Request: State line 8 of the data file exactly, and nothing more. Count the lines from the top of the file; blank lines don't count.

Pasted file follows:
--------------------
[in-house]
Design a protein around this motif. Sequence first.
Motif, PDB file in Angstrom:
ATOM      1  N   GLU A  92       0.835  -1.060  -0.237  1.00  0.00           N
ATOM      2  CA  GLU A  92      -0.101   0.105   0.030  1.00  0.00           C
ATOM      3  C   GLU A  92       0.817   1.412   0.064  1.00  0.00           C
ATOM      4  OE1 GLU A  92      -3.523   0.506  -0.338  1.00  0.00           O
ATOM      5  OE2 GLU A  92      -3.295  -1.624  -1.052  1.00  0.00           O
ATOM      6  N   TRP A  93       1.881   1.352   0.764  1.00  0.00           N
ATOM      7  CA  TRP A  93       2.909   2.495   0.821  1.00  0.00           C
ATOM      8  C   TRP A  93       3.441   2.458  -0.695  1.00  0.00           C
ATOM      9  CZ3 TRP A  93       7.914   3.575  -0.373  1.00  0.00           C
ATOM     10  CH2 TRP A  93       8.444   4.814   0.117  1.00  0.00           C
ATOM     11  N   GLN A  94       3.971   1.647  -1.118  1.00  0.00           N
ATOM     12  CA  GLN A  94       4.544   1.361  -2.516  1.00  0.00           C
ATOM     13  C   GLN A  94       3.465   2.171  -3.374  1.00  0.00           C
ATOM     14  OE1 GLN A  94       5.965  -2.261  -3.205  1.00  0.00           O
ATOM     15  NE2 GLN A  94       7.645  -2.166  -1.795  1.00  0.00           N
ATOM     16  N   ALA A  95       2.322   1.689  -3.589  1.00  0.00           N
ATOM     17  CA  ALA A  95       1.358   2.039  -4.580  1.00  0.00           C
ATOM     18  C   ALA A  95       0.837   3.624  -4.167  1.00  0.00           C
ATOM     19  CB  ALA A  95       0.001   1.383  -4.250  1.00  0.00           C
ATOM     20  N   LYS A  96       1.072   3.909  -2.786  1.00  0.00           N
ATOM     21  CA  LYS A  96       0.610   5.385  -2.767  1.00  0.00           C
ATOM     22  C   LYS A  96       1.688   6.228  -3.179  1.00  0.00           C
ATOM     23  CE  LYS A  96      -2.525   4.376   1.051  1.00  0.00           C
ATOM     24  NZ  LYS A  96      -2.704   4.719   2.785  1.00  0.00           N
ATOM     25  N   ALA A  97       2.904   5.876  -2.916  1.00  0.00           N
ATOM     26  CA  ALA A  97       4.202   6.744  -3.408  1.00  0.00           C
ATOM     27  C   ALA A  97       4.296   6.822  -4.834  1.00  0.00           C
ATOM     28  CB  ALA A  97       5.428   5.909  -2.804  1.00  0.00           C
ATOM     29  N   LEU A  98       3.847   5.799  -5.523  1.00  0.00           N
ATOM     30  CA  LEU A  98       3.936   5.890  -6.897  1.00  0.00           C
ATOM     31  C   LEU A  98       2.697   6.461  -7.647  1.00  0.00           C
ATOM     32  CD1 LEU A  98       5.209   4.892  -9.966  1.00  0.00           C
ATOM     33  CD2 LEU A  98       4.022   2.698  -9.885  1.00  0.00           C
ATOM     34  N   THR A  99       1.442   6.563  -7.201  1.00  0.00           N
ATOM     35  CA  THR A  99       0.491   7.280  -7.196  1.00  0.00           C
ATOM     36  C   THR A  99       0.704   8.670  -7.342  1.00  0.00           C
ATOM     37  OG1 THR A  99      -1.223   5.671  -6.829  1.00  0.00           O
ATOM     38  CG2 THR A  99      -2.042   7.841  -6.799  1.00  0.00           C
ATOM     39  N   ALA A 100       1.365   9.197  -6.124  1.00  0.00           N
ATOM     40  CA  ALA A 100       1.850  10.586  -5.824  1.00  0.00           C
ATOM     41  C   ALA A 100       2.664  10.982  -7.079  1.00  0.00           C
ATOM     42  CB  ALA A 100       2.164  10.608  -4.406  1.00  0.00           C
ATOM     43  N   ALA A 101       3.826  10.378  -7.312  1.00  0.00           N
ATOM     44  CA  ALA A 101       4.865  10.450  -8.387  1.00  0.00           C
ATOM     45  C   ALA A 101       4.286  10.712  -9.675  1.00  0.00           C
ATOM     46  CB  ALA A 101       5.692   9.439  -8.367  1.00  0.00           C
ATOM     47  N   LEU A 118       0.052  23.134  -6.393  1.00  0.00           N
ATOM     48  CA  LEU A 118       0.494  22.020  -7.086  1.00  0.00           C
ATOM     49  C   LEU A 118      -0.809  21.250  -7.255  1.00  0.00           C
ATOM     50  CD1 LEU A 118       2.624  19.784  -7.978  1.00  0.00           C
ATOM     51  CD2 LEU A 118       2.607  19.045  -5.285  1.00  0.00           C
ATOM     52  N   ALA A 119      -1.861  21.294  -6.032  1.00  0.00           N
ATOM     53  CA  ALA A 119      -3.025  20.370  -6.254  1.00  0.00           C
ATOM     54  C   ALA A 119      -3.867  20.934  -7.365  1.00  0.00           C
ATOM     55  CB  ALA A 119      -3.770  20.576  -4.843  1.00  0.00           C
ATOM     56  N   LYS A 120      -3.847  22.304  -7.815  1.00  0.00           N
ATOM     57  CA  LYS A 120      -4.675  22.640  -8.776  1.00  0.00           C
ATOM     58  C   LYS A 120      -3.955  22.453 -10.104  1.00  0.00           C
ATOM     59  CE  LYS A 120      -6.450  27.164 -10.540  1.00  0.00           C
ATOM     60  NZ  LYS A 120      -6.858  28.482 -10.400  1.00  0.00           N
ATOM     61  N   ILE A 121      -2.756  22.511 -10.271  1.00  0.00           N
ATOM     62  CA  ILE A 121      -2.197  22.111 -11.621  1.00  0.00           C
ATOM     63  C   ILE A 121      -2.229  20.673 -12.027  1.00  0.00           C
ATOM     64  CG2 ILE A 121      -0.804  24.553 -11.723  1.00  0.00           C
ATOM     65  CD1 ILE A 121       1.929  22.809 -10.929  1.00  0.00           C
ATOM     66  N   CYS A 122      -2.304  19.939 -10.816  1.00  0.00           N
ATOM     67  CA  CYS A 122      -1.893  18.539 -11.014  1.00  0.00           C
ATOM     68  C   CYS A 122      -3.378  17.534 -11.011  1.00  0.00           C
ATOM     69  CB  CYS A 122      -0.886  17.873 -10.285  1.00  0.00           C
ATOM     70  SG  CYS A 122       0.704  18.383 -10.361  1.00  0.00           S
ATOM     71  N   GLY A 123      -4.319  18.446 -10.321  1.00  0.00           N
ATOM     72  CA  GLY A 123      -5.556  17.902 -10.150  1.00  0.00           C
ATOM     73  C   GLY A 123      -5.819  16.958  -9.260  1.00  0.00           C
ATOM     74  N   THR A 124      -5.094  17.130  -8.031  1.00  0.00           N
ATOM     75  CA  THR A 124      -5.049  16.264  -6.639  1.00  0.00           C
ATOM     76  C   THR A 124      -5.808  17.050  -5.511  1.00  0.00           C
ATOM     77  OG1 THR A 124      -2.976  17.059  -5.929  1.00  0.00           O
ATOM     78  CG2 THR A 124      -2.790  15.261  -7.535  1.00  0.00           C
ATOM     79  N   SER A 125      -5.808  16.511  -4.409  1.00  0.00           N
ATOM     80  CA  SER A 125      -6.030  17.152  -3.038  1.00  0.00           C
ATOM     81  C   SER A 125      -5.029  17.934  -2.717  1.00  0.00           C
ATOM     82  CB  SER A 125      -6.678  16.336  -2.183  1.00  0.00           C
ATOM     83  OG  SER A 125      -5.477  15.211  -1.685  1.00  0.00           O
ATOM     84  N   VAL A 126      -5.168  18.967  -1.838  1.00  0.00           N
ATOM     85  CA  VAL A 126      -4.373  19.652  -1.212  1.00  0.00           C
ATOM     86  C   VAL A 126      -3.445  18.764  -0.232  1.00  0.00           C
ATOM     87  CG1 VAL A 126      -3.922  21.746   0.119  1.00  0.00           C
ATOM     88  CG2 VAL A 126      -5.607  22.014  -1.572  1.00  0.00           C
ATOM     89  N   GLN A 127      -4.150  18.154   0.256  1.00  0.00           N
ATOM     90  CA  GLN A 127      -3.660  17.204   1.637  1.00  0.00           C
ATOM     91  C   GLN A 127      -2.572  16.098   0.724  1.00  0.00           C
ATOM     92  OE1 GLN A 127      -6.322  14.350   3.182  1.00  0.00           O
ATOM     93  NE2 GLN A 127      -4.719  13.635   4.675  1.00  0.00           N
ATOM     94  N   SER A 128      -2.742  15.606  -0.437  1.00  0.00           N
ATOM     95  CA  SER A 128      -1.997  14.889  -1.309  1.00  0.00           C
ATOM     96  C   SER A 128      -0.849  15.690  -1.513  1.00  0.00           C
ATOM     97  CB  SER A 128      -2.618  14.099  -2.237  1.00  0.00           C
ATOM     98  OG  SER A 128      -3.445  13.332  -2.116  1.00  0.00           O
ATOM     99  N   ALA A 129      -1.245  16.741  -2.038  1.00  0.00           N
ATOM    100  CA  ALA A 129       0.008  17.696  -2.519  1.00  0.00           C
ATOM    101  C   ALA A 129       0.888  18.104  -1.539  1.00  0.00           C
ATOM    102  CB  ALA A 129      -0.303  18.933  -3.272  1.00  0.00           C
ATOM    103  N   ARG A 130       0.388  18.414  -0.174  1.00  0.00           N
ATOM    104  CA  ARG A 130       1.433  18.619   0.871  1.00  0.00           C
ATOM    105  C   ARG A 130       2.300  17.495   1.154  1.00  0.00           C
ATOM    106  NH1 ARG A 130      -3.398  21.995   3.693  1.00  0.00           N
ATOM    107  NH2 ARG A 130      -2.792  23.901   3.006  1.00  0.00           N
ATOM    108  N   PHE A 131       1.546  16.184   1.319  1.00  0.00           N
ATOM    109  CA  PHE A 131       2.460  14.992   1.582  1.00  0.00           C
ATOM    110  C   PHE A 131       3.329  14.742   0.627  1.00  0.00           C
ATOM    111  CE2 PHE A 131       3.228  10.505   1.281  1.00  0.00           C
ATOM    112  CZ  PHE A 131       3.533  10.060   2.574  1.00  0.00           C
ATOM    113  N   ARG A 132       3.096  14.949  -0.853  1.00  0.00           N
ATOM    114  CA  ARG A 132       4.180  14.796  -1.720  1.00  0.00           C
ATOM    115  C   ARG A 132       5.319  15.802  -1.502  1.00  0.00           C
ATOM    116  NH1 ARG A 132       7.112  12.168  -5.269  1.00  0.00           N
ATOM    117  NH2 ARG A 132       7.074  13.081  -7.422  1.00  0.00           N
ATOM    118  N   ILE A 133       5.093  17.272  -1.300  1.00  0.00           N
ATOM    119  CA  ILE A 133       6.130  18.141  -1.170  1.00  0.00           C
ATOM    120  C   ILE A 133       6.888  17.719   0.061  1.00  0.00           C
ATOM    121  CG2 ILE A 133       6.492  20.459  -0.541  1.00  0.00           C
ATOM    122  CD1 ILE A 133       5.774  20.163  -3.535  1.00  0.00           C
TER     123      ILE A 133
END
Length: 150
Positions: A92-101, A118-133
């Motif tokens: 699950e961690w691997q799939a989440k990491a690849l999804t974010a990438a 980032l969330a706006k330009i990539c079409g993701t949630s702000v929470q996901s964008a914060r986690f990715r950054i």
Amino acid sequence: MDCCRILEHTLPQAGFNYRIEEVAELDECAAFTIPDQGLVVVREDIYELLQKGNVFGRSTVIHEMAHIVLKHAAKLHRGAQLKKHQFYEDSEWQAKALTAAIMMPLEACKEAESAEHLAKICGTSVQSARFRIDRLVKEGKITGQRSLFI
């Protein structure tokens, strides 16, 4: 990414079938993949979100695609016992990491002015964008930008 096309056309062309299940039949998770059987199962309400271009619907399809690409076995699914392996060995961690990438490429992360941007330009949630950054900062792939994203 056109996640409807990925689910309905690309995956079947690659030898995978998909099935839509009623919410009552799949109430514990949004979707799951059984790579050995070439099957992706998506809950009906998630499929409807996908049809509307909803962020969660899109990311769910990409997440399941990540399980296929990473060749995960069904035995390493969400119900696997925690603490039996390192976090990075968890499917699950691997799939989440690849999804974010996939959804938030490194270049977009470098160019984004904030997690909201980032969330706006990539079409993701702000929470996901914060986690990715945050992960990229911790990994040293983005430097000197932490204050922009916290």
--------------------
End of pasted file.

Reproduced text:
ATOM      5  OE2 GLU A  92      -3.295  -1.624  -1.052  1.00  0.00           O